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“One of the best things about BMJ is its people.” This is a statement heard time and time again by staff from all backgrounds, working at all levels across the business. The people are what makes the culture at BMJ so unique, and that’s why diversity and inclusion is such a mainstay of BMJ’s culture.

Finalist of the Best Diversity and Inclusion category 2022

“I want BMJ as a company to have the most inclusive environment and be an active ally of all under-represented groups. I encourage everyone at work to speak out when they witness unjust behaviour and highlight areas where we can do better. I hope other companies are doing the same.”
Chris Jones, CEO

Leading by example

Inclusivity also plays a large part in our vision for a healthier world. The active stance we take on supporting social justice translates beyond our people into the work we do with customers and partners.

As an established publisher, we understand the role of journals in creating a more positive, equitable, diverse and inclusive environment in research, clinical practice and scholarly publishing. 

Our efforts to limit the effects of unconscious bias serve to dismantle barriers that may have previously prevented women and underrepresented groups from being published, having a voice or advancing their careers.

How we create an inclusive environment

At BMJ, we learn and discuss. Everyone can join a safe space at BMJ to share thoughts and experiences about important issues on all areas of diversity and inclusion, from mental health, sexual orientation, race, disability, gender, age, and caring for a loved one.

We take action: from refusing to host or take part in all-male panels (‘manels’) and providing mentoring to aspiring journalists from underrepresented communities, to supporting a diverse pipeline of future leaders, include some of the ways you can contribute to creating a more diverse and inclusive sector.

We celebrate: at regular intervals, we come together to celebrate our diversity, and further establish our inclusive culture. 

Our dedicated networks at BMJ

Diversity data campaign infographic showing a rise in data completion rates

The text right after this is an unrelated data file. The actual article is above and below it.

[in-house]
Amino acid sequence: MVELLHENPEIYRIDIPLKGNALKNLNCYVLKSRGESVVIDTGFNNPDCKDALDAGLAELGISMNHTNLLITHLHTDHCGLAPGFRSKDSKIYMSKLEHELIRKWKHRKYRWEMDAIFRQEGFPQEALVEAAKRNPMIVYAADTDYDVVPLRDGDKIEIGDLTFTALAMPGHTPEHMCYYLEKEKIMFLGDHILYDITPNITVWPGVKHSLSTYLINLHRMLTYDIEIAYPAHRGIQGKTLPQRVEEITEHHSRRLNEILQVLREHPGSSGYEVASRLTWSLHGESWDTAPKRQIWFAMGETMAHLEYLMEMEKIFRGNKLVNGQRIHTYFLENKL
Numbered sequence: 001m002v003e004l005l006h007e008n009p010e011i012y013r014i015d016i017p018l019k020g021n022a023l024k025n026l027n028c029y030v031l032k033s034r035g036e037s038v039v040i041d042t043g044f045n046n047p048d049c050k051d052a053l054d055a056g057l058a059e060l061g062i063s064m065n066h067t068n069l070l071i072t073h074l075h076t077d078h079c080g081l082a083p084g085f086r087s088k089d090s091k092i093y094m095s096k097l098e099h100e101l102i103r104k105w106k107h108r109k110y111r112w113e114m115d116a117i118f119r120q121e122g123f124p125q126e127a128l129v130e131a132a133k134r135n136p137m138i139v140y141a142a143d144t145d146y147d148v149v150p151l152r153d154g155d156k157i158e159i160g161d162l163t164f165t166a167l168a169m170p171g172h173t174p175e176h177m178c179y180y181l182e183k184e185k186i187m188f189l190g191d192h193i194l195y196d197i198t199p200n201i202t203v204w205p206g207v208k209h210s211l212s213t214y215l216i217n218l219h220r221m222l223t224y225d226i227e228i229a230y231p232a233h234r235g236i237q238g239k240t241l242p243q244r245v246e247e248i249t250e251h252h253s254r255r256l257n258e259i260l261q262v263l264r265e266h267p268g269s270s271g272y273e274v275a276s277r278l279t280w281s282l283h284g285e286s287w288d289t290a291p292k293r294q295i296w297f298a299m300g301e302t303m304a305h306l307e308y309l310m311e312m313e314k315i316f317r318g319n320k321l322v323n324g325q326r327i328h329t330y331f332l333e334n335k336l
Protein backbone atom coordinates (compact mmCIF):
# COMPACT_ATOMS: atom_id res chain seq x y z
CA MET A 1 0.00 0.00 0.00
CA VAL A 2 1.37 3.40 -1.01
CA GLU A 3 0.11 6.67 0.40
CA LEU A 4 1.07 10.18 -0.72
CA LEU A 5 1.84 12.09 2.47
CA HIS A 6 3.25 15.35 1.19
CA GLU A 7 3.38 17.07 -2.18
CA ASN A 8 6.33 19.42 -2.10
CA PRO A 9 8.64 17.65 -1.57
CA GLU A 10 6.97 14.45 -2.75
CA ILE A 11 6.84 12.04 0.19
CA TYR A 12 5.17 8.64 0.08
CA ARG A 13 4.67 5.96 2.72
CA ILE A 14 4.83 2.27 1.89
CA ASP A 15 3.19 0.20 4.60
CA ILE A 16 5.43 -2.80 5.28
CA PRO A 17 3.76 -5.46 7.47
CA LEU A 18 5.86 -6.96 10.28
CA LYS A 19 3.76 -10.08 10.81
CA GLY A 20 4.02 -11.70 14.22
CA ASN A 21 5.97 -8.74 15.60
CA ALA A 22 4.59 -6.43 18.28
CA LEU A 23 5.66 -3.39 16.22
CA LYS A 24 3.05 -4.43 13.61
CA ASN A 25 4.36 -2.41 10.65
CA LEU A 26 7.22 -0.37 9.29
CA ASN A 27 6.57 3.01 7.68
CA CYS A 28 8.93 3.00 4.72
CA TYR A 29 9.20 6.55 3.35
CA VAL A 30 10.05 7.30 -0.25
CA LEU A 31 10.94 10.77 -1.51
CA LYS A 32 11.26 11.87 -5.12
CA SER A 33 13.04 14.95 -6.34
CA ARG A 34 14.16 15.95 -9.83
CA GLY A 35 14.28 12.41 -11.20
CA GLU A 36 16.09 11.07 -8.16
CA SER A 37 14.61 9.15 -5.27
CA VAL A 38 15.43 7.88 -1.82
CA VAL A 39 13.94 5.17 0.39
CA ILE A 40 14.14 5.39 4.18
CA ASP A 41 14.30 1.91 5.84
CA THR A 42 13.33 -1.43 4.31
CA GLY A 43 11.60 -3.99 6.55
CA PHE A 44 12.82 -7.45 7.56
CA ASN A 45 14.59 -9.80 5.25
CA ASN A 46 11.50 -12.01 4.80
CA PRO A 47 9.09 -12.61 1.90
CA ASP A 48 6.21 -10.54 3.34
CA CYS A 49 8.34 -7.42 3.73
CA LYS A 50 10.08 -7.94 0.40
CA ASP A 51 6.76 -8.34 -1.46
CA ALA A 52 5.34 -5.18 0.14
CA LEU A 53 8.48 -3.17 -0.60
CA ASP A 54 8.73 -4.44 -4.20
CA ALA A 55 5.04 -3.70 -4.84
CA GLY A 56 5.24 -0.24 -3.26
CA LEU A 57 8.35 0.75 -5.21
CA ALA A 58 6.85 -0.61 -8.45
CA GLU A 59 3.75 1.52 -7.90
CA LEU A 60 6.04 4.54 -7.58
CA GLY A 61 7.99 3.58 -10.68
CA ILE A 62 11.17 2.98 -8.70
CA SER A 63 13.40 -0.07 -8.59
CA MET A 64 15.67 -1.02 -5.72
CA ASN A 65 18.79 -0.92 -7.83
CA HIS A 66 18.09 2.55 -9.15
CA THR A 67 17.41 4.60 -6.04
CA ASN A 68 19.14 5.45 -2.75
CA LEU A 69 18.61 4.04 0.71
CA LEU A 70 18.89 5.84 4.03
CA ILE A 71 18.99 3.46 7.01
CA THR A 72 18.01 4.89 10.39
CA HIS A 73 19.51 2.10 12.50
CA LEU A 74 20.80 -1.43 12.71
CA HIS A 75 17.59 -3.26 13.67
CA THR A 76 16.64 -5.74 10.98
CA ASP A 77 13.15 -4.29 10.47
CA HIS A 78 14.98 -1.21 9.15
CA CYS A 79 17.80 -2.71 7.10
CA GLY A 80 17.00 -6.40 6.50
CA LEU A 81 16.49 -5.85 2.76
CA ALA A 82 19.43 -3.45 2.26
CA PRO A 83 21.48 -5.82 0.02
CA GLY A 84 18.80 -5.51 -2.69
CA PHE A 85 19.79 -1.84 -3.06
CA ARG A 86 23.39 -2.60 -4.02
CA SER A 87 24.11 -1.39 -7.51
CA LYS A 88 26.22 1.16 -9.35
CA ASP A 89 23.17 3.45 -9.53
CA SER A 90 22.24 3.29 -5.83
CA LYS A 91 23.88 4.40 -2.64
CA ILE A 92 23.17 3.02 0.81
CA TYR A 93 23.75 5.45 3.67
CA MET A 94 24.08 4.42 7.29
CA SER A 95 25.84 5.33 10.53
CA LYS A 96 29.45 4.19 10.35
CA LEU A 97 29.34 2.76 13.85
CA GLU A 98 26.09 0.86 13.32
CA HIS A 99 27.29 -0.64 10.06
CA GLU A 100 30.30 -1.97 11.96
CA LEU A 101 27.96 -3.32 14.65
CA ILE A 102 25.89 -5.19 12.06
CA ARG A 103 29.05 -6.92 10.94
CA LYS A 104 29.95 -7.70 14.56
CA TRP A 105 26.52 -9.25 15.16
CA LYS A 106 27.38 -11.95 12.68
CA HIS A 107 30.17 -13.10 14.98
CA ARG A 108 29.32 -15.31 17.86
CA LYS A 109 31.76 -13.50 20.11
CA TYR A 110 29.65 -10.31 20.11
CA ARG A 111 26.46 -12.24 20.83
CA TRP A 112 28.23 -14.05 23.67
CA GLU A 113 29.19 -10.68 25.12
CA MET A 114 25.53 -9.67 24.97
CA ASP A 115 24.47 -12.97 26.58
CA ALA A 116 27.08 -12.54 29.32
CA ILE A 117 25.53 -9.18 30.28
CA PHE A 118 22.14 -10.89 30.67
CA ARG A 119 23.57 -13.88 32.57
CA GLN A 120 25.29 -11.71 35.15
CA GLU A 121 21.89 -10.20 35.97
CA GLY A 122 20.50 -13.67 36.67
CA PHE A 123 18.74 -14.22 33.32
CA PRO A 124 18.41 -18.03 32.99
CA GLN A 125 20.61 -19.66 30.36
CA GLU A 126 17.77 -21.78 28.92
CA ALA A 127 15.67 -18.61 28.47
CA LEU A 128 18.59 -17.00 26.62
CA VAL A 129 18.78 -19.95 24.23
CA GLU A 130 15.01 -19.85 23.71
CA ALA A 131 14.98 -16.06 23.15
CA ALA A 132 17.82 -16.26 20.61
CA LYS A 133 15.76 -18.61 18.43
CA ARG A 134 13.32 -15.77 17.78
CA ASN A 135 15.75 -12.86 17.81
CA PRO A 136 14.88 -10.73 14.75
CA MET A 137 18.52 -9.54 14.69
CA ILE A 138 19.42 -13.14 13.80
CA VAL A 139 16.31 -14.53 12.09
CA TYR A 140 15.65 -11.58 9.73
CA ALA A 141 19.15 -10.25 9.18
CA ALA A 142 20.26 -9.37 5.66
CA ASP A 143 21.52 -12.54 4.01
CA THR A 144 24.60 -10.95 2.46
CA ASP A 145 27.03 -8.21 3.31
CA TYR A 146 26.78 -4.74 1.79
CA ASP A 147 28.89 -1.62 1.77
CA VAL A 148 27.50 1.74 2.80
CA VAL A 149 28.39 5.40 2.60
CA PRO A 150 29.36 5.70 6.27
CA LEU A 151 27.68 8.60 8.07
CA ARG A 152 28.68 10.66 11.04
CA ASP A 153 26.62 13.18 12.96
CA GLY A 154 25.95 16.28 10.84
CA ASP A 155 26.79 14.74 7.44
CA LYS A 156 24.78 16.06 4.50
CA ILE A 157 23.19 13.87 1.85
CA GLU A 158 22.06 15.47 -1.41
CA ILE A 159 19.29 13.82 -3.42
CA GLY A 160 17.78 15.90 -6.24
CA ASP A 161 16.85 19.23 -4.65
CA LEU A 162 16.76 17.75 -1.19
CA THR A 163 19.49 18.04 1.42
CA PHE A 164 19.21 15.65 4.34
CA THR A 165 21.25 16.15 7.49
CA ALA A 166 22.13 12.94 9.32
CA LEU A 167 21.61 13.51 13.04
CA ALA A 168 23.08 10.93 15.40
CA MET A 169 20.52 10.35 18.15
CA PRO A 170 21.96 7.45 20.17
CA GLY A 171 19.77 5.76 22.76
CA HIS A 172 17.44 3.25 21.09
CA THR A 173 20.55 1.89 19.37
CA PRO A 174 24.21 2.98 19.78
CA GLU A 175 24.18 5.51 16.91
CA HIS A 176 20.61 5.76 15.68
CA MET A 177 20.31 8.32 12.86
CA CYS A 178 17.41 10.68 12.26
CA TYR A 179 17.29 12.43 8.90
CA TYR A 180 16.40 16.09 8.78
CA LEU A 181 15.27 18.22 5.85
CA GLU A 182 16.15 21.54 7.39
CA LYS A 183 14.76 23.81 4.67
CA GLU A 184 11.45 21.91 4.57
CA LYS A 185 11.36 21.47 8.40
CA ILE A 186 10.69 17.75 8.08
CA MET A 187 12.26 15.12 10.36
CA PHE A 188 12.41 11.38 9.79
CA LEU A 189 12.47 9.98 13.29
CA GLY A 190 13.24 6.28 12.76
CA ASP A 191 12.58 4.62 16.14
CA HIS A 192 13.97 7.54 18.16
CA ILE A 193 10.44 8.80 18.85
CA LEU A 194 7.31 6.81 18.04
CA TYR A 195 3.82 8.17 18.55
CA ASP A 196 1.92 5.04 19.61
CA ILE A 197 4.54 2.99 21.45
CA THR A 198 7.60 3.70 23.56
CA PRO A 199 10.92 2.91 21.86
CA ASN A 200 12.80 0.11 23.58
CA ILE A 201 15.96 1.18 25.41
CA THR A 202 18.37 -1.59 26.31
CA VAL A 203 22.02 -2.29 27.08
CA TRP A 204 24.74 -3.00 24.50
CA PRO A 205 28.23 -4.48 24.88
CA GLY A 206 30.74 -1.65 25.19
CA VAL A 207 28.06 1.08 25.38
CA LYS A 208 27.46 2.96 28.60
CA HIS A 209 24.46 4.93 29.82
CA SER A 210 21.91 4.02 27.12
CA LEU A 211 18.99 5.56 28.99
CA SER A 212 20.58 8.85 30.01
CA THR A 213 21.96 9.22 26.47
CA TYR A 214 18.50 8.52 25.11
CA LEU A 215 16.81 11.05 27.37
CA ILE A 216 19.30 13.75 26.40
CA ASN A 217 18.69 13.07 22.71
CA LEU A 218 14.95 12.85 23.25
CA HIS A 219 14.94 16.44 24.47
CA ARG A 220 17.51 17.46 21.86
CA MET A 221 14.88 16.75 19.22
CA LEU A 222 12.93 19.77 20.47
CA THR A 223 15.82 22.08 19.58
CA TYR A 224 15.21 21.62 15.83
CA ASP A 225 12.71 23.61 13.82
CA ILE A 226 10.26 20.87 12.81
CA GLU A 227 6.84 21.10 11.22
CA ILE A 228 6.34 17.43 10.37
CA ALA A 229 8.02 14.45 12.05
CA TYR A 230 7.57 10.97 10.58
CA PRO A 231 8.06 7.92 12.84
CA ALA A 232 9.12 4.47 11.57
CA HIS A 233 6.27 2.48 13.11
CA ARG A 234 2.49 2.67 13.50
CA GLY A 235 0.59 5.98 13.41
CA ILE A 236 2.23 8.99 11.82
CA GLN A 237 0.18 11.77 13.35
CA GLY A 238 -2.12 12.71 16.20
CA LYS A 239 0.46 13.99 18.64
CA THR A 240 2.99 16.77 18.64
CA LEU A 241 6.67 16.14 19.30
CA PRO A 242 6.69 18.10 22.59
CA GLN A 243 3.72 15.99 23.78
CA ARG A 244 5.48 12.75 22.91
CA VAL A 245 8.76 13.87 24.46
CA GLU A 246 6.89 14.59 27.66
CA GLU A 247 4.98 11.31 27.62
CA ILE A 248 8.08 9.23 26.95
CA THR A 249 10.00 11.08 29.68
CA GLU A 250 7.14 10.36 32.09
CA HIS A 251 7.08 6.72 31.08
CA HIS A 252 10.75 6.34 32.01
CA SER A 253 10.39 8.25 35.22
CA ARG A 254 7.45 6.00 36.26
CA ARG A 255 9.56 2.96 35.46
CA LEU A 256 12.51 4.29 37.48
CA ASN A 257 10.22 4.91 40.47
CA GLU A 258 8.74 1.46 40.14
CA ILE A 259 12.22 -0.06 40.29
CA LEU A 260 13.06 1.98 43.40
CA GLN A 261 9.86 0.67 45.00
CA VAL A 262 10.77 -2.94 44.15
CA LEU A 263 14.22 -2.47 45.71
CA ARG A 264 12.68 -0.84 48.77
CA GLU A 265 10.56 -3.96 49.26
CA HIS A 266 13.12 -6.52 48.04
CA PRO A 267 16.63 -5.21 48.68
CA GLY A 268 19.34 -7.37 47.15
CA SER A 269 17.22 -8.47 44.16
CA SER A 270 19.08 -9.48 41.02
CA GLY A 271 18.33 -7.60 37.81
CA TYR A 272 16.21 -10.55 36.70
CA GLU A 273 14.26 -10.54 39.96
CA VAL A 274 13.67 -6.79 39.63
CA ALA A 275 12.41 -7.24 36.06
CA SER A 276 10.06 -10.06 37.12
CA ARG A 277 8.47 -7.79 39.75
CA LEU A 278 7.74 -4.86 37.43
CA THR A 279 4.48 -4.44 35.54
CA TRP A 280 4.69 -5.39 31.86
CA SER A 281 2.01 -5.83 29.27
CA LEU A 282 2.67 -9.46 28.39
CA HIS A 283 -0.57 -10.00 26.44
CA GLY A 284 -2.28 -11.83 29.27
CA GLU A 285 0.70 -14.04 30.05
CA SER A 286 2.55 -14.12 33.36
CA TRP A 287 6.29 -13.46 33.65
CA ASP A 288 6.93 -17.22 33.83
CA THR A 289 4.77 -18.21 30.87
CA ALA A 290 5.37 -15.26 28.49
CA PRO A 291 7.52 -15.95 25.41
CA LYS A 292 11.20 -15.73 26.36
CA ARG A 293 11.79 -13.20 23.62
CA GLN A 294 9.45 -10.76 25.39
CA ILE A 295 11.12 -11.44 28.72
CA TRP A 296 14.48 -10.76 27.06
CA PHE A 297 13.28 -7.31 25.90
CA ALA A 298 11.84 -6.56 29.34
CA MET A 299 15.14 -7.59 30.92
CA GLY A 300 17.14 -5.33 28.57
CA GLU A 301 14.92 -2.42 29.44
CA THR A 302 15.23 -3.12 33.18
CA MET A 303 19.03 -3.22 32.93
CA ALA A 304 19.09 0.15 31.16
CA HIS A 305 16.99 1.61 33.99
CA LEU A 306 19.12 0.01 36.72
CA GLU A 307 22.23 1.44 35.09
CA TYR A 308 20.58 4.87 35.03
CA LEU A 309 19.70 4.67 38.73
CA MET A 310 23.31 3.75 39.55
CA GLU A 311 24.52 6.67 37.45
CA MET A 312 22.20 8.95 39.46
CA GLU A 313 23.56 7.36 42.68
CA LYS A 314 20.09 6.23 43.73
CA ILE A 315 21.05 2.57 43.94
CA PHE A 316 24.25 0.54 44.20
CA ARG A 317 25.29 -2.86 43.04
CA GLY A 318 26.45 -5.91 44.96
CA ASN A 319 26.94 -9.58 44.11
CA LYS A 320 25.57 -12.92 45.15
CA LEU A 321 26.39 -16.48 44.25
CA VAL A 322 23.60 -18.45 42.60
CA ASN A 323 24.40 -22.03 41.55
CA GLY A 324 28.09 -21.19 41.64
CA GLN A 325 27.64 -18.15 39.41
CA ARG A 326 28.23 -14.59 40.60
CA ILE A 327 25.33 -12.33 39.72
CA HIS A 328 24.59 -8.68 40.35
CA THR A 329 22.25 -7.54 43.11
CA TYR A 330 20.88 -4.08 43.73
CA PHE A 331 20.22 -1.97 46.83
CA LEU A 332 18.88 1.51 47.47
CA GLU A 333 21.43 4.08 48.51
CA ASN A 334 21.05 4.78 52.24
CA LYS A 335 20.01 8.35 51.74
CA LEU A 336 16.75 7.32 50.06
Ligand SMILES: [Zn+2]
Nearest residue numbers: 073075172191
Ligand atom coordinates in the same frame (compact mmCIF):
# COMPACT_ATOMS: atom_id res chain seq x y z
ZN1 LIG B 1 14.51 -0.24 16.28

Celebrating our differences

Our diversity data campaign, recently completed by our diversity and inclusion team, helped us to celebrate the many different minorities that make up our workforce, and inspired volunteers within the organisation to create a series of dedicated support networks.

The strong feeling of acceptance we encourage across our company, has led to a huge improvement in our data collection efforts. These results give us the welcome insight that people in our organisation feel they can truly be open and honest about who they are.

  • All under-represented groups are encouraged to apply for any role at any level   

  • A fair and objective recruitment process is something we pride ourselves on delivering well 

  • Flexible working arrangements are available to fit in with your preference and needs

Acting against racism for a healthier, more equal, world

Racism is our responsibility too

At BMJ, we are determined to tackle racism on all levels. We believe it is our responsibility to document the experiences of black and ethnic minority patients and help our audience understand how racism can affect the working lives of doctors.

See what we are doing to educate and encourage the government, the public and the NHS to have a wider conversation about racism. 

Closing the gender pay gap

Huge steps to closing an ever-narrowing margin

Relative to our competitors, BMJ has the lowest mean and median pay gap, by a significant margin – but there is still more to do.

The median gender pay gap for BMJ is 5.5% in favour of men. This is well below the sector average of 16%, and the current national figure which shows that on average men earn 15.5% more per hour than women.

With female heads increasing over the last four years, we are encouraged by very little evidence of gender bias in BMJ’s highest or lowest-paying roles. BMJ should be a place where all 470 of our staff across the globe are open to opportunities for development – irrespective of their gender.

And this issue will remain at the top of our equality, diversity and inclusion agenda initiatives. 

Read the full BMJ gender pay gap report here.

We continue to drive further improvement despite the challenges imposed by the pandemic during the last 12 months, we have been implementing various supporting initiatives:

  • Recruiting a Head of Diversity and Inclusion, responsible for strategies to ensure fairness and equality between the genders
  • Reviewing our reward processes and grading structure to ensure fairness
  • Evaluating hiring practices and the workplace environment to ensure women have access to equal opportunity
  • Tackling conscious and unconscious bias in the workplace.
  • Highlighting gender pay gap issues to managers
  • Ensuring that all staff have opportunities for development irrespective of gender
“Women play a vital role in the workplace which is not always reflected in their pay and position in the labour market. Undervaluing their work and under-utilising their skills is damaging to our economy. Closing the pay gap is not just beneficial to women, it will also benefit businesses and society as a whole.”
Stacey Lambert, HR Director

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Contact us to discuss opportunities

Rhenu Selli
BMJ human resources department